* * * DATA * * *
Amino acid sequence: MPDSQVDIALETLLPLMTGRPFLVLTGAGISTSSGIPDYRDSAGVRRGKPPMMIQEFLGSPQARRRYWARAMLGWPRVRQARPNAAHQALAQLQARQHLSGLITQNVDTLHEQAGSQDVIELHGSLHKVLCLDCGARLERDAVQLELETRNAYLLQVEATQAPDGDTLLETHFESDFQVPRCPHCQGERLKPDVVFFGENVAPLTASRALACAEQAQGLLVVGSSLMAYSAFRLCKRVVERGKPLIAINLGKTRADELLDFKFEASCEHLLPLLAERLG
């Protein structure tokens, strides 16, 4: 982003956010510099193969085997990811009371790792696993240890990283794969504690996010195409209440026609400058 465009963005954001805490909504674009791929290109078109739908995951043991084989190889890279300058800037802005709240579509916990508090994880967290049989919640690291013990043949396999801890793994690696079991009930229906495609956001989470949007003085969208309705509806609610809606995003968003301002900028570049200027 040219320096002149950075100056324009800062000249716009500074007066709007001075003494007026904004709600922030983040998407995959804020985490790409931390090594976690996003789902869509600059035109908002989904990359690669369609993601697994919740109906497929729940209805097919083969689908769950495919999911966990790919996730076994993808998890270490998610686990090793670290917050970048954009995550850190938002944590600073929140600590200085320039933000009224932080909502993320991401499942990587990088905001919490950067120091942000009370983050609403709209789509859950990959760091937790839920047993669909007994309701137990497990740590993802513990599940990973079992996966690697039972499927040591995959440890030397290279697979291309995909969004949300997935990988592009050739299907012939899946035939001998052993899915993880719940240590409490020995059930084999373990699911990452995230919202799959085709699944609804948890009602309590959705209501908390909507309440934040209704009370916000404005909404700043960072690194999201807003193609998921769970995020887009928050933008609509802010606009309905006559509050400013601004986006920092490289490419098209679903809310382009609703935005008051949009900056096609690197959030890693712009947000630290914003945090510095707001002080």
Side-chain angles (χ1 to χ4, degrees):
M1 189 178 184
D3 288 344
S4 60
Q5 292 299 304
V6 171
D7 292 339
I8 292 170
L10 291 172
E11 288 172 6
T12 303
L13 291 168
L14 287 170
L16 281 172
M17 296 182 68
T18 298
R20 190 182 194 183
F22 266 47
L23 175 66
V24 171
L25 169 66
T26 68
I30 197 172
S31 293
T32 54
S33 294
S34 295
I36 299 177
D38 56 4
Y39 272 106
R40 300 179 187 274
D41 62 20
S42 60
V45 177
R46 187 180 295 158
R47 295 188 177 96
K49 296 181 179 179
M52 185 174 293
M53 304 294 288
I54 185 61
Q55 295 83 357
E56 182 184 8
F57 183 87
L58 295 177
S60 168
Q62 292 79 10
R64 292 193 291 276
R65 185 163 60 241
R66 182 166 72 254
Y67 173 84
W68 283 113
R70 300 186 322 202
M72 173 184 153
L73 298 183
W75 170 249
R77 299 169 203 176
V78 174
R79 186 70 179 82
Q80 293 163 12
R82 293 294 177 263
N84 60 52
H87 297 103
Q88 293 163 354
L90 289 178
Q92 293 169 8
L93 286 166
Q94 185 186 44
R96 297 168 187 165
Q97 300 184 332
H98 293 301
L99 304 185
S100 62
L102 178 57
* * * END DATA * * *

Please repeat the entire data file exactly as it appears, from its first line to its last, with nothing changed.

Amino acid sequence: MPDSQVDIALETLLPLMTGRPFLVLTGAGISTSSGIPDYRDSAGVRRGKPPMMIQEFLGSPQARRRYWARAMLGWPRVRQARPNAAHQALAQLQARQHLSGLITQNVDTLHEQAGSQDVIELHGSLHKVLCLDCGARLERDAVQLELETRNAYLLQVEATQAPDGDTLLETHFESDFQVPRCPHCQGERLKPDVVFFGENVAPLTASRALACAEQAQGLLVVGSSLMAYSAFRLCKRVVERGKPLIAINLGKTRADELLDFKFEASCEHLLPLLAERLG
């Protein structure tokens, strides 16, 4: 982003956010510099193969085997990811009371790792696993240890990283794969504690996010195409209440026609400058 465009963005954001805490909504674009791929290109078109739908995951043991084989190889890279300058800037802005709240579509916990508090994880967290049989919640690291013990043949396999801890793994690696079991009930229906495609956001989470949007003085969208309705509806609610809606995003968003301002900028570049200027 040219320096002149950075100056324009800062000249716009500074007066709007001075003494007026904004709600922030983040998407995959804020985490790409931390090594976690996003789902869509600059035109908002989904990359690669369609993601697994919740109906497929729940209805097919083969689908769950495919999911966990790919996730076994993808998890270490998610686990090793670290917050970048954009995550850190938002944590600073929140600590200085320039933000009224932080909502993320991401499942990587990088905001919490950067120091942000009370983050609403709209789509859950990959760091937790839920047993669909007994309701137990497990740590993802513990599940990973079992996966690697039972499927040591995959440890030397290279697979291309995909969004949300997935990988592009050739299907012939899946035939001998052993899915993880719940240590409490020995059930084999373990699911990452995230919202799959085709699944609804948890009602309590959705209501908390909507309440934040209704009370916000404005909404700043960072690194999201807003193609998921769970995020887009928050933008609509802010606009309905006559509050400013601004986006920092490289490419098209679903809310382009609703935005008051949009900056096609690197959030890693712009947000630290914003945090510095707001002080």
Side-chain angles (χ1 to χ4, degrees):
M1 189 178 184
D3 288 344
S4 60
Q5 292 299 304
V6 171
D7 292 339
I8 292 170
L10 291 172
E11 288 172 6
T12 303
L13 291 168
L14 287 170
L16 281 172
M17 296 182 68
T18 298
R20 190 182 194 183
F22 266 47
L23 175 66
V24 171
L25 169 66
T26 68
I30 197 172
S31 293
T32 54
S33 294
S34 295
I36 299 177
D38 56 4
Y39 272 106
R40 300 179 187 274
D41 62 20
S42 60
V45 177
R46 187 180 295 158
R47 295 188 177 96
K49 296 181 179 179
M52 185 174 293
M53 304 294 288
I54 185 61
Q55 295 83 357
E56 182 184 8
F57 183 87
L58 295 177
S60 168
Q62 292 79 10
R64 292 193 291 276
R65 185 163 60 241
R66 182 166 72 254
Y67 173 84
W68 283 113
R70 300 186 322 202
M72 173 184 153
L73 298 183
W75 170 249
R77 299 169 203 176
V78 174
R79 186 70 179 82
Q80 293 163 12
R82 293 294 177 263
N84 60 52
H87 297 103
Q88 293 163 354
L90 289 178
Q92 293 169 8
L93 286 166
Q94 185 186 44
R96 297 168 187 165
Q97 300 184 332
H98 293 301
L99 304 185
S100 62
L102 178 57